Changing The Subject: Mary Wroth and Figurations of Gender in Early Modern England
256 pages Pubdate: 04/18/1996 6 x 9
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Lady Mary Wroth (c. 1587-1653) wrote the first sonnet sequence in English by a woman, one of the first plays by a woman, and the first published work of fiction by an Englishwoman. Yet, despite her status as a member of the distinguished Sidney family, Wroth met with disgrace at court for her authorship of a prose romance, which was adjudged an inappropriate endeavor for a woman and was forcibly withdrawn from publication. Only recently has recognition of Wroth’s historical and literary importance been signaled by the publication of the first modern edition of her romance, The Countess of Mountgomeries Urania.
Naomi Miller offers an illuminating study of this significant early modern woman writer. Using multiple critical/theoretical perspectives, including French feminism, new historicism, and cultural materialism, she examines gender in Wroth’s time. Moving beyond the emphasis on victimization that shaped many previous studies, she considers the range of strategies devised by women writers of the period to establish voices for themselves.
Where previous critics have viewed Wroth primarily in relation to her male literary predecessors in the Sidney family, Miller explores Wroth’s engagement with a variety of discourses, reading her in relation to a broad range of English and continental authors, both male and female, from Sidney, Spenser, and Shakespeare to Aemilia Lanyar, Elizabeth Cary, and Marguerite de Navarre. She also contextualizes Wroth’s writing in relation to a variety of nonliterary texts of the period, both political and domestic. Thanks to Miller’s sensitive readings, Wroth’s writings provide a lens through which to view gender relations in the early modern period.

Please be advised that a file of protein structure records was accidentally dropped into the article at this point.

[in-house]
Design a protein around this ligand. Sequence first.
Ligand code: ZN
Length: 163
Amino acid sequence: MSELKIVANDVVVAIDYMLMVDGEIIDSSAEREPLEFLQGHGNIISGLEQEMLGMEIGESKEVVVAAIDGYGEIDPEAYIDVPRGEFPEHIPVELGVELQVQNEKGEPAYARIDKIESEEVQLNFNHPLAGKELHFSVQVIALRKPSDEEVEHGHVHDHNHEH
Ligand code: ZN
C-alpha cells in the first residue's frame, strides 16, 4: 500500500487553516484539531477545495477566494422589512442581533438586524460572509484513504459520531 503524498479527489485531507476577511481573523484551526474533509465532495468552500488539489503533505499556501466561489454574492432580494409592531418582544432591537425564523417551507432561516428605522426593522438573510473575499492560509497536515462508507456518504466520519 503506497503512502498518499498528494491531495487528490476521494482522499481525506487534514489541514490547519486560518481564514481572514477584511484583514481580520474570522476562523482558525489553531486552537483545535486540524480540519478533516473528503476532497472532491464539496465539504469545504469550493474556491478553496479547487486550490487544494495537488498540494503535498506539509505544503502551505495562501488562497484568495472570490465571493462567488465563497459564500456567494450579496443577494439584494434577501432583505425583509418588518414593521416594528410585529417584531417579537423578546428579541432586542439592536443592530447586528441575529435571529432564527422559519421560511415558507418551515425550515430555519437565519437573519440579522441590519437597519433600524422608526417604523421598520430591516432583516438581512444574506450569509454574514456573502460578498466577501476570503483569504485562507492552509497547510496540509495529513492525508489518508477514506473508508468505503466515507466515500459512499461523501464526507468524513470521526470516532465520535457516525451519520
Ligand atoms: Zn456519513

Naomi Miller is assistant professor of English and women's studies at the University of Arizona.
A subtle and absorbing study of the whole range of Wroth's literary career. -- Reviews in English Studies
A step in the positive direction of providing a nuanced perspective by which to evaluate a woman's literary output, without losing sight of gender as a basis from critical analysis and without giving in to the seductiveness of essentialist criticism. -- Seventeenth-Century News
(Miller's) analyses are thoughtful, even illuminating, and her book will interest scholars who care about gender and early modern subjectivity, whether in Philip Sidney, Spenser, Shakespeare, Clifford, Lanyer, Cary, or Wroth. -- Shakespeare Quarterly
Miller's extensive research proves useful for those interested specifically in Wroth, or in the Sidney family more generally, be making use of family letters and related historical artifacts. . . . Miller's reading of texts is very often clever and both historically and psychologically insightful. -- Sixteenth-Century Journal
Significant not only for its superb analysis of Wroth’s texts but also because it offers a model of feminist reading practice that will undoubtedly prove highly influential. -- Year’s Work in English Studies